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Date of Award


Document Type

Thesis - Pacific Access Restricted

Degree Name

Master of Arts (M.A.)



First Advisor

Scott A. Jensen

First Committee Member

Carolynn Kohn

Second Committee Member

Holly White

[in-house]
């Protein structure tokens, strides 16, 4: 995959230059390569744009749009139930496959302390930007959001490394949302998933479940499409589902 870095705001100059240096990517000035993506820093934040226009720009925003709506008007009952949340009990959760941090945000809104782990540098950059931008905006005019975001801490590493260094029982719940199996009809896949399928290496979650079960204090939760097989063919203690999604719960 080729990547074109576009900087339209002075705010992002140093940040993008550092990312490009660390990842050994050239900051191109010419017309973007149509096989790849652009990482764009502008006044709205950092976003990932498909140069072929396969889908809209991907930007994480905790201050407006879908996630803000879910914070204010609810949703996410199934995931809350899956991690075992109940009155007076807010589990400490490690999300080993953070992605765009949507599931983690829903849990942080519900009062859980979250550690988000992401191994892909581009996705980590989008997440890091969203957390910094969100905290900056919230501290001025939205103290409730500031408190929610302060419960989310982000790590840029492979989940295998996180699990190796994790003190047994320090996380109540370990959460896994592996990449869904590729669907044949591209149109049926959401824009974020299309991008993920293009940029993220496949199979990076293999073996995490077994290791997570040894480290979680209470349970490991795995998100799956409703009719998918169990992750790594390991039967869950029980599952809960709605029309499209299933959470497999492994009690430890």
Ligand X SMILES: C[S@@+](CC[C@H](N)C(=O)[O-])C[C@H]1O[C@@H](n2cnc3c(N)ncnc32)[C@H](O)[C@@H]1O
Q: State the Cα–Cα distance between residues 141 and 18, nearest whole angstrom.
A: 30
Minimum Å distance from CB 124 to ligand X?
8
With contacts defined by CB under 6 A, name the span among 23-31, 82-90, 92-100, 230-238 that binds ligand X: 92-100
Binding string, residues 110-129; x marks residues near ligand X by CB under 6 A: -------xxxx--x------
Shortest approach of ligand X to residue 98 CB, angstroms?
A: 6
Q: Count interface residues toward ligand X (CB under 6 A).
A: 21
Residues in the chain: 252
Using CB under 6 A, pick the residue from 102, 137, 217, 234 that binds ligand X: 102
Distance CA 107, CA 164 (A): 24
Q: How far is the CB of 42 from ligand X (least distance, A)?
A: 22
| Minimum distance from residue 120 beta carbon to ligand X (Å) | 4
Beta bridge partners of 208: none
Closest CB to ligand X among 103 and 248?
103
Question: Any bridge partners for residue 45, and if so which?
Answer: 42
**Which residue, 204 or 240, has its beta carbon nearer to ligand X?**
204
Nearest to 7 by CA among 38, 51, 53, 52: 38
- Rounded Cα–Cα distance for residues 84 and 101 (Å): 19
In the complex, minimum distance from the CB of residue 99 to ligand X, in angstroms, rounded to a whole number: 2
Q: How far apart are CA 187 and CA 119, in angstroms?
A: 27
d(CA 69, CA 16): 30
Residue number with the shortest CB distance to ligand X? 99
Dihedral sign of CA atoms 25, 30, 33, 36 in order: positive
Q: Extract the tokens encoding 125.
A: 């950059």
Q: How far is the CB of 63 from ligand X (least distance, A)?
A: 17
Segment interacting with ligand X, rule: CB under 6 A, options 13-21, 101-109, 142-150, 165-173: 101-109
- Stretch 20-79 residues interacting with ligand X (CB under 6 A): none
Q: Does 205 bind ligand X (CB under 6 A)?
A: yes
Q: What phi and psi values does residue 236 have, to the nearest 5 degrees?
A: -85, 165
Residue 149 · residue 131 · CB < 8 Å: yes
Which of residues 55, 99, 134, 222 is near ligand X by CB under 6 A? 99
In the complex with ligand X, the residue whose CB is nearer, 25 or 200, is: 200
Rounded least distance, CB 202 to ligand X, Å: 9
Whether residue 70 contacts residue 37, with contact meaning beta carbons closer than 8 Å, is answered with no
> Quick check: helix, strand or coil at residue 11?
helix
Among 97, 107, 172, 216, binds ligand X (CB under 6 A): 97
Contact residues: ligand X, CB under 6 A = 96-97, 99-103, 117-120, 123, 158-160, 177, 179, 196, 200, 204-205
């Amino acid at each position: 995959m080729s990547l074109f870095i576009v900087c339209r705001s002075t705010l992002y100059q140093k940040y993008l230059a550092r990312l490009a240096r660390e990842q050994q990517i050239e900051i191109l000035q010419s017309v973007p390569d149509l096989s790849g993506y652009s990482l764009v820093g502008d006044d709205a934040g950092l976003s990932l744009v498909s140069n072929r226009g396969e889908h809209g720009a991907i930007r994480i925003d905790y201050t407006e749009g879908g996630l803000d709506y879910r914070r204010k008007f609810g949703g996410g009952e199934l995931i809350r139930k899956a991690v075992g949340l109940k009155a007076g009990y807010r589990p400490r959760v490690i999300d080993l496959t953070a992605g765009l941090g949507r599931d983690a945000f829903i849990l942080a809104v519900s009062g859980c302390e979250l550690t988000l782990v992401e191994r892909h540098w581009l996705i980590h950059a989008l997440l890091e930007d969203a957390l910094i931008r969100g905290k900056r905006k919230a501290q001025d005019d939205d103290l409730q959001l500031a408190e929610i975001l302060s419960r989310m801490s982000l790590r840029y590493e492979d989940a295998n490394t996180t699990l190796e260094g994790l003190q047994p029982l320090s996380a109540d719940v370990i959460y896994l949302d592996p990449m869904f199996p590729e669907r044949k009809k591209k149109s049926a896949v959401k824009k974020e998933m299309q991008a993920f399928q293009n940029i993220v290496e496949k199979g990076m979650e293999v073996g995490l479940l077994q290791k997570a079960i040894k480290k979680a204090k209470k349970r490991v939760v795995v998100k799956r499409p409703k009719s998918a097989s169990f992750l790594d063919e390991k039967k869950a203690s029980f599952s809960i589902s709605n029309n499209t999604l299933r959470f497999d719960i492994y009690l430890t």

This study sought to evaluate role-plays assessments with adult role-players as a measure of parents' skill acquisition as taught in the Incredible Years (IY) program. Parent performance during the role-play assessments was compared to parent performance during parent-child interactions. Experiment 1 of this study included role- 6 play assessments for the IY program in a multiple-baseline design across 6 skills with pre and post parent-child interactions. Participants were 7 parents with children between the ages of 2 and 8 years. The parent-child interactions were also scored using the Dyadic Parent Interaction Coding System (DPICS). The effectiveness of the role-play assessments as a measure of skill acquisition as demonstrated by an increase in scores only after the skill is formally taught in the program, and similarity between behavior during the role-play assessments and behavior during the parent-child interactions, was not possible due to lack of data and participant attrition. Using a repeated measures design, Experiment 2 addressed limitations of Experiment 1 by utilizing 4 participants with no involvement in the IY program. Role-play assessments and parent-child interactions were conducted 5 times (1 time per week) with 1 training session for the skill area with the lowest scores across the first 3 baseline sessions during the 41 h observation. Results demonstrated differences between parent behavior with an adult role-player compared to their child with variable responding in both the child and structured and role-play assessments during baseline. Increases were observed during both post-training sessions with increases in the final session for the parent-child interactions for the selected skill area for 3 of the 4 participants. These data suggest that the role-plays are sensitive to detecting behavior change; however, the parents' behavior with an adult role player may differ from behavior with their children.



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